I’m sure we’ve all read studies that show fewer than 10 percent of the population sets goals, less than half of these people achieve their goals, and yet everyone believes goal setting is very important. So, why do we all agree having goals is important yet more than 90 percent of us don’t set them? A quick Google search shows there are generally four main reasons why people don’t set goals: they’re not aware of the importance, they don’t know how, they‘re afraid of failure, and they’re afraid of accountability or humiliation.
Do you believe that? Are goals really so complicated and intimidating that nine out of 10 of us simply avoid the entire process? After spending years working with service managers and leaders, I believe most of us never really learned how to properly use goals, yet we found ways to get things done, so we came to the conclusion that having formal goals isn’t that important to success. The reality is, goals are extremely important to having intentional or planned success (as opposed to accidental success coming from shear effort) and really aren’t that complicated.
BECOME A BETTER SERVICE MANAGER
So, let’s see if we can demystify this incredibly important yet rarely used concept of goals and get on the path to becoming a better service manager and leader.
Most service managers are mechanically inclined, so let’s look at goals from this perspective. In a gas furnace, we must have three things for combustion to occur: a fuel, oxygen, and an ignition source. With the proper fuel/oxygen mixture, an adequate spark, and, in the proper sequence, gas will ignite. If we leave any of these out or they are out of sequence, we’ll have a failure. These are the mechanics of combustion.
If we think of goals in this way, what are the mechanics of a “winnable” goal? A winnable goal must include all of the following:
1. Something you are trying to do or achieve — This doesn’t need to be anything spectacular or grandiose, it’s just something you want to do or achieve.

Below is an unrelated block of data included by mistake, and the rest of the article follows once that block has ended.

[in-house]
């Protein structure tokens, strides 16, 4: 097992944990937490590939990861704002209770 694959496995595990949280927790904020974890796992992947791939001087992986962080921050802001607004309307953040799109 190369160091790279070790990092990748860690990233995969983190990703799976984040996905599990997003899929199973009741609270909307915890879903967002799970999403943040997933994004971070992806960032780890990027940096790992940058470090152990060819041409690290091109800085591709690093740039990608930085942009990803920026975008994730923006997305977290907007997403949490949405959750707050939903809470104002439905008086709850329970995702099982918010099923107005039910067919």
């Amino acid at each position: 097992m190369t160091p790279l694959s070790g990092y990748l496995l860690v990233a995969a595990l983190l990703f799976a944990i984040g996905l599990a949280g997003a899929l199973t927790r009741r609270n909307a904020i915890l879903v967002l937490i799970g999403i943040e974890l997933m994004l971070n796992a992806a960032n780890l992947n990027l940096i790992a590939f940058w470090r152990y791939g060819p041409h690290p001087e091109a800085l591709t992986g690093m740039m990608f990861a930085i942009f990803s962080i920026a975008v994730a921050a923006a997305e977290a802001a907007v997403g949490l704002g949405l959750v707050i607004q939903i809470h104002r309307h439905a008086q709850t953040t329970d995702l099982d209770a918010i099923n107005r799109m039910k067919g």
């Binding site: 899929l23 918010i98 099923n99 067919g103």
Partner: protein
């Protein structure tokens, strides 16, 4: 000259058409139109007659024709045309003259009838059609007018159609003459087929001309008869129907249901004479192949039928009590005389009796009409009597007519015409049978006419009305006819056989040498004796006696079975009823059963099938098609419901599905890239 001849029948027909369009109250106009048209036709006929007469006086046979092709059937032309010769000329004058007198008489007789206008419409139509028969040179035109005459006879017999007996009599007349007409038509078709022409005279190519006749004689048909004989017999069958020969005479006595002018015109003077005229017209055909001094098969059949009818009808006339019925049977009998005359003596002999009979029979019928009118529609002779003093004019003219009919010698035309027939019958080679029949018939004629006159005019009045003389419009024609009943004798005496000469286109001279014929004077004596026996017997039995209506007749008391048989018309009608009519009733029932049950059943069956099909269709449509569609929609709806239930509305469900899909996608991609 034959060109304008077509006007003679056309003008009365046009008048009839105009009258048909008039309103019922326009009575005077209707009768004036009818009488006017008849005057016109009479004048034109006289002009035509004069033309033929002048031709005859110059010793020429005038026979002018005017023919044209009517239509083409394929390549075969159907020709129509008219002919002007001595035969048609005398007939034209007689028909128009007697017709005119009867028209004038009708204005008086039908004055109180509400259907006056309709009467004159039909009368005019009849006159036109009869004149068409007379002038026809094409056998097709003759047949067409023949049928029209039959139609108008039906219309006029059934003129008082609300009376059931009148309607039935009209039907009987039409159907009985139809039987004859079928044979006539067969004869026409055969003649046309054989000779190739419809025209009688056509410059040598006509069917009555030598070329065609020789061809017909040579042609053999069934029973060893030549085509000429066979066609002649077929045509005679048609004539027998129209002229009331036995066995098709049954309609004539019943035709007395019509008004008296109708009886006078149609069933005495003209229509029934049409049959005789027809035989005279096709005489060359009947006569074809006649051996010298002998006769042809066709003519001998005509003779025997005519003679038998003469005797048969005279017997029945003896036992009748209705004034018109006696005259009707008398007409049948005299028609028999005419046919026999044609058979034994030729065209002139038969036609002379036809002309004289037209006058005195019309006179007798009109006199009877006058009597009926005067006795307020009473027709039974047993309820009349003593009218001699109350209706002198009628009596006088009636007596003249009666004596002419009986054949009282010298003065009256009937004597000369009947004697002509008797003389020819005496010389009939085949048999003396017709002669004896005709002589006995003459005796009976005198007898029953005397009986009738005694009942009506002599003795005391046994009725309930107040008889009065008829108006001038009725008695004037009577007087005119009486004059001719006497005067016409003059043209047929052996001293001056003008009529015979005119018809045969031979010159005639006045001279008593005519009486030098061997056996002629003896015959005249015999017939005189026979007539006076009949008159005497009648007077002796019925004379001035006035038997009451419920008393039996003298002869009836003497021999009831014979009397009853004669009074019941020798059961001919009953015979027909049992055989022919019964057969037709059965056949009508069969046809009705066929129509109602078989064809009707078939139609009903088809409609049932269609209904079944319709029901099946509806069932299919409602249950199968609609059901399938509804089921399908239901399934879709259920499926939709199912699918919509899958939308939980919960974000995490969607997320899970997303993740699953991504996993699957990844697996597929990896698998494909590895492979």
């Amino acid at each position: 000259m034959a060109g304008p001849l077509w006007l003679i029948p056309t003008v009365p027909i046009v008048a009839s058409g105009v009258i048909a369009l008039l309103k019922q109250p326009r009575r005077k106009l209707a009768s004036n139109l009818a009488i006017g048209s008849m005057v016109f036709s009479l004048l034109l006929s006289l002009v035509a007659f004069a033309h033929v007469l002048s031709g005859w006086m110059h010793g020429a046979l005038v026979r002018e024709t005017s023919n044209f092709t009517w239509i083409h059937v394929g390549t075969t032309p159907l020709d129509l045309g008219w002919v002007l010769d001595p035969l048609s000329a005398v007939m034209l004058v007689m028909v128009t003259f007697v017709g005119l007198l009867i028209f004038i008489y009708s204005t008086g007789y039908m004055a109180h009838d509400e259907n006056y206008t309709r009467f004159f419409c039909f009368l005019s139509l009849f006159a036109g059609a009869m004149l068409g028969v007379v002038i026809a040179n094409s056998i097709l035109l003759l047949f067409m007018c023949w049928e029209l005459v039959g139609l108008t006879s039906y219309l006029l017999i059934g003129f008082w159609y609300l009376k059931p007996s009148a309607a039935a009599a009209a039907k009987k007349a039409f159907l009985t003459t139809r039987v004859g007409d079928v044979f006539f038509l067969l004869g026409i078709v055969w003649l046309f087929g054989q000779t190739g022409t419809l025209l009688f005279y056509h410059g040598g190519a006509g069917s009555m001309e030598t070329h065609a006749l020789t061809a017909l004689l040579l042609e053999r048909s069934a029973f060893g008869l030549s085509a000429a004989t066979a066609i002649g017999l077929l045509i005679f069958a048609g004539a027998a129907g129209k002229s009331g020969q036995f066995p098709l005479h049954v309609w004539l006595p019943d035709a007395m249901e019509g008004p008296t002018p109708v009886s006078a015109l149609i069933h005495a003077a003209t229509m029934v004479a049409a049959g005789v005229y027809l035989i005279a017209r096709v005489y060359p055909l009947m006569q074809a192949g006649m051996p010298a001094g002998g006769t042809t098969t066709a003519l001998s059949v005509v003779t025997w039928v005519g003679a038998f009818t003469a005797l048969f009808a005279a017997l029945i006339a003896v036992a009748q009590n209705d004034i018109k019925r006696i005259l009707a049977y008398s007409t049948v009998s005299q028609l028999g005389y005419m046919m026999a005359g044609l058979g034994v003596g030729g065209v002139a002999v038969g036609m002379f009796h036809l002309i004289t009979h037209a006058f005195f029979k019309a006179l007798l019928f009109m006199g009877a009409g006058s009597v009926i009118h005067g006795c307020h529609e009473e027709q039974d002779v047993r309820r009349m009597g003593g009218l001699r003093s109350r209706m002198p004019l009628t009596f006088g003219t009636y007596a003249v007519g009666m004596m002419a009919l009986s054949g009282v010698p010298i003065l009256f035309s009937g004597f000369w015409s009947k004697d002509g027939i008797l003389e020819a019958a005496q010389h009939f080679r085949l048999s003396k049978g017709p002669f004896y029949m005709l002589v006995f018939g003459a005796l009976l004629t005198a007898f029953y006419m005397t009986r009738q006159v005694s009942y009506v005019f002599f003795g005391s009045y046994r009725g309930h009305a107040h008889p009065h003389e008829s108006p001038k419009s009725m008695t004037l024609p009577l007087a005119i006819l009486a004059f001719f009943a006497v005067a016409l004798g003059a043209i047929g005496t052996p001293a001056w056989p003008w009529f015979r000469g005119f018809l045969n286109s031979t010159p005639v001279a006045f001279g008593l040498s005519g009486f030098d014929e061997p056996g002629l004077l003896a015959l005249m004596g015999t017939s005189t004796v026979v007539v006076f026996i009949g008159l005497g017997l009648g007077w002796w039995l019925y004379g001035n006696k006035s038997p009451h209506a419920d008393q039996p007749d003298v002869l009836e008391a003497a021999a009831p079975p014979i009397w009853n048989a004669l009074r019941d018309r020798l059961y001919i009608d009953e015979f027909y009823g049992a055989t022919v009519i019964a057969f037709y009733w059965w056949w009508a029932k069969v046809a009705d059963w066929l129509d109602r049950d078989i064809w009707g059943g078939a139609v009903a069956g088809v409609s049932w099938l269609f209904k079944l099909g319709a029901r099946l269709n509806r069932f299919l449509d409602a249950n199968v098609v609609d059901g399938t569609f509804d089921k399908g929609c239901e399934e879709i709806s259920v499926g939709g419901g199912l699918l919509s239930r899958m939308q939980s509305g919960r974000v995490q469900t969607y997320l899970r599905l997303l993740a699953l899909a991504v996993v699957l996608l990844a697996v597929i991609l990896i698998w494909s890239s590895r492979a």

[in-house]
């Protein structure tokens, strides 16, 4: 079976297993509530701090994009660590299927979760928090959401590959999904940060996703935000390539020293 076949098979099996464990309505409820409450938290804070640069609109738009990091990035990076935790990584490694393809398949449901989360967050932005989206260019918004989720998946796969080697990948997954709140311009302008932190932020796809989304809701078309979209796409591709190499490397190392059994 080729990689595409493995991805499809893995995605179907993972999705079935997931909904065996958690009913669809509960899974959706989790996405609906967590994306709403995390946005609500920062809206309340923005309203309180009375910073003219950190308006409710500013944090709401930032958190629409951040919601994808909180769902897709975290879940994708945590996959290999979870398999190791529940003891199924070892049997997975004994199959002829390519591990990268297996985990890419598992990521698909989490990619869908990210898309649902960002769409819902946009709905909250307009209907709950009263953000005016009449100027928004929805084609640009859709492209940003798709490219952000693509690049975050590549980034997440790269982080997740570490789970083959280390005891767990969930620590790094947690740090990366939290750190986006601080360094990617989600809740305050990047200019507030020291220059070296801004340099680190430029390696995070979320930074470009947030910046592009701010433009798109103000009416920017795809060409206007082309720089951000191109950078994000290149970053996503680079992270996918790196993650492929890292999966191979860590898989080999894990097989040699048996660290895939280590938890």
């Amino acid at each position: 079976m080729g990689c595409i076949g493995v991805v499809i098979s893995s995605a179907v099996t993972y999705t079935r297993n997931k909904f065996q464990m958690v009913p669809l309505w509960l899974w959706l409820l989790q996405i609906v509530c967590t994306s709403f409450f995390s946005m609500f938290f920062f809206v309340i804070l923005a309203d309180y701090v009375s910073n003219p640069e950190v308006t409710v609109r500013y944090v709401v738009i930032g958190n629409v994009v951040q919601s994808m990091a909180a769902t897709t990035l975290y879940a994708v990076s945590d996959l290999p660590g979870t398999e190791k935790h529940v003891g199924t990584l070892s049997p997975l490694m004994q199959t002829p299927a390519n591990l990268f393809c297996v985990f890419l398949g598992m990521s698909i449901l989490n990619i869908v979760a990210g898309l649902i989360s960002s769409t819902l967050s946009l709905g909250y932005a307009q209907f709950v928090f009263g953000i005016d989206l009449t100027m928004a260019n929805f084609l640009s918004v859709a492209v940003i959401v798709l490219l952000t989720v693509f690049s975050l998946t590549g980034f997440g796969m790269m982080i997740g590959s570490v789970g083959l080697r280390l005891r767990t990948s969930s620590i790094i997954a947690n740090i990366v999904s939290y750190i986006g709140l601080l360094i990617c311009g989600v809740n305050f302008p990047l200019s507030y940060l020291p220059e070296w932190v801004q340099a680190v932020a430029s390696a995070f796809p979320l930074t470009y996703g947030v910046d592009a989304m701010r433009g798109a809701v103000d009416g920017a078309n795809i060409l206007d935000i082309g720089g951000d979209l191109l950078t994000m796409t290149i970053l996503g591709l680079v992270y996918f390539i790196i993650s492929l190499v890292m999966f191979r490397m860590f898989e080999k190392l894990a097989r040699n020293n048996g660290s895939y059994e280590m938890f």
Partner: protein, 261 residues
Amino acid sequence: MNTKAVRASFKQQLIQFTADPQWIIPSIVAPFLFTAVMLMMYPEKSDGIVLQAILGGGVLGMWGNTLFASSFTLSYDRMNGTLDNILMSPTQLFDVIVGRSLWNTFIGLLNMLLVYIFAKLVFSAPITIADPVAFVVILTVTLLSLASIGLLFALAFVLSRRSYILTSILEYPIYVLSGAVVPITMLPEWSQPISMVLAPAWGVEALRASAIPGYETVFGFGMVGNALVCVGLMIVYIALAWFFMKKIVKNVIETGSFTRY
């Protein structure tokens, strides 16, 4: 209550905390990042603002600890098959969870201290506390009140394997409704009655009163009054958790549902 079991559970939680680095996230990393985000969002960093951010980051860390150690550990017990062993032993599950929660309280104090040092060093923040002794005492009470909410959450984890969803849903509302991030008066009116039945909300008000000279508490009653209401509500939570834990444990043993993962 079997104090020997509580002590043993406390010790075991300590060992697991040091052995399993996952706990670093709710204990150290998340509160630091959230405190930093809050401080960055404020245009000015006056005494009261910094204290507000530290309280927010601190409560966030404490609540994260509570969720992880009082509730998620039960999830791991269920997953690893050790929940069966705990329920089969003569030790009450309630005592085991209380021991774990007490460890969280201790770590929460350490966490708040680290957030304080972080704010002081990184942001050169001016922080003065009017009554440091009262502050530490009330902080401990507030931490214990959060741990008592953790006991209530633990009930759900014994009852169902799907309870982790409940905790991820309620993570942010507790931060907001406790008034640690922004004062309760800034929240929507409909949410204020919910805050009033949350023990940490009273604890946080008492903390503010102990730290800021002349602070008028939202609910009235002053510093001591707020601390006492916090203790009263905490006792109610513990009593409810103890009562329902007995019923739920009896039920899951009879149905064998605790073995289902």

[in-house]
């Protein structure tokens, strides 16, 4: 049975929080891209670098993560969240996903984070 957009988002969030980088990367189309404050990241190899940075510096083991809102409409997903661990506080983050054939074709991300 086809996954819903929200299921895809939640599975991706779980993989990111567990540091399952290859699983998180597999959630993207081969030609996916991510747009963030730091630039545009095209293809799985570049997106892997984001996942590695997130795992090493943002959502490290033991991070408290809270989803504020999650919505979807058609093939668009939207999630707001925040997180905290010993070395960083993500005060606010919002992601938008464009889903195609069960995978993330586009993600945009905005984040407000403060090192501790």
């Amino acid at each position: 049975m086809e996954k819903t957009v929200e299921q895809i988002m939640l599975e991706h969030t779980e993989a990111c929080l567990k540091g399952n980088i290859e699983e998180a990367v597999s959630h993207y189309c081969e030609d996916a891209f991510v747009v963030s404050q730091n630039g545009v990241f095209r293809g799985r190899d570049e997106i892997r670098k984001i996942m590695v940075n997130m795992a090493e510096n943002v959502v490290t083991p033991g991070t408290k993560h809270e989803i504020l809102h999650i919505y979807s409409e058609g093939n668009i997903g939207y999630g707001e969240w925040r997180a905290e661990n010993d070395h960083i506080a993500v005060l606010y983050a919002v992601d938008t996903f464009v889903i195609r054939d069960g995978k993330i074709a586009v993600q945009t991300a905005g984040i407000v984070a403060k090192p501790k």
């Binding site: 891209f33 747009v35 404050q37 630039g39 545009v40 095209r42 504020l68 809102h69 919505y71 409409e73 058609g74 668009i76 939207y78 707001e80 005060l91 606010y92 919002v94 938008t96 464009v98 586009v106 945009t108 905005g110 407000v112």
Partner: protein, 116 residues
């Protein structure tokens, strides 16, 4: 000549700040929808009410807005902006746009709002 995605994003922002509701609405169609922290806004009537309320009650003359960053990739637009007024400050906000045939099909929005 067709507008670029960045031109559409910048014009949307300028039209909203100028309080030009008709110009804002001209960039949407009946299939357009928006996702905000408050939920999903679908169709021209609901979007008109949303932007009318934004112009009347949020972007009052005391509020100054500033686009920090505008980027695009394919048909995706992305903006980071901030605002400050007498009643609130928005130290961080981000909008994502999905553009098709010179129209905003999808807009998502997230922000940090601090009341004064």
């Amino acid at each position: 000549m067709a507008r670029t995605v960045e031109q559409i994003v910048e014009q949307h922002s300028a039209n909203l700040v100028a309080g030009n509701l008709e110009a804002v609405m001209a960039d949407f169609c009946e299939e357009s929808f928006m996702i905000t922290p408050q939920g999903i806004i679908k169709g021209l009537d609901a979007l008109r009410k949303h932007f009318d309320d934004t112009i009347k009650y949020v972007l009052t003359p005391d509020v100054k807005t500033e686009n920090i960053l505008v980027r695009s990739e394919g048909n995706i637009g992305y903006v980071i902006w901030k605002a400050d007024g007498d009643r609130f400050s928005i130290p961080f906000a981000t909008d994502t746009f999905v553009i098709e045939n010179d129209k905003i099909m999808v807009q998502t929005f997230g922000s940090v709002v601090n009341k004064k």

2. Be specific and include an ending target — For example, a goal of improving your service agreement retention rate by 10 points would be incorrectly stated as “We’re going to improve our retention rate by 10 points,” and correctly stated as, “We will increase our service agreement retention rate to 90 percent.” This nuance may be subtle, yet it’s very important to crystallize the goal.
3. Keep track of your progress — If we simply say we’re going to improve our service agreement retention rate, we’ll have a tough time measuring our success and sharing progress. However, if we say, “We’re going to improve our service agreement retention rate from 80 percent to 90 percent,” we can easily measure progress and share results with our team using visual aids such as graphs or charts. Things that get measured get done; things that don’t get measured don’t get done. It’s that simple.
4. Set a specific completion date — Without a completion date, we’ve set more of a hope or dream than a goal.
5. Goals must be realistic and achievable — If we’ve been consistently running an 80 percent retention rate on our service agreements for the past five years, it may not be realistic to set 90 percent as a goal to achieve in six months; however, a completion date 12 months out may be appropriate. You have to believe in the goal.
6. Go all in — If you, as the leader, believe in and are 100 percent committed to the goal, but key members on the team aren’t committed or don’t agree, you’ll have a very low probability of success.
7. Document and share the goal with at least one other person. This is critical; however, it’s usually overlooked or intentionally ignored because we don’t realize its importance. Documenting and sharing our goal openly makes us accountable to ourselves and others for its success.
While there may be slight variations, these are the mechanics of a winnable goal: it is clear, easy to understand, has a starting point, an ending point, a completion date, is realistic and achievable, mutually agreed upon, committed to, has been shared with others, and is in writing. A well-written winnable goal begs you to take action, plan a strategy, engage your team, measure progress, share results, and celebrate its achievement.
In closing, I want to share a statement I learned about 15 years ago regarding goals. “Is what I’m doing right now moving me closer to or further away from my goals?”
What a simple yet great question to ask ourselves each day. If you have a goal, you can answer; if you don’t have a goal, you can’t. I still keep a printout of this quote on my office wall. Best of luck with taking the first step by creating your winnable goals.
Publication date: 5/16/2016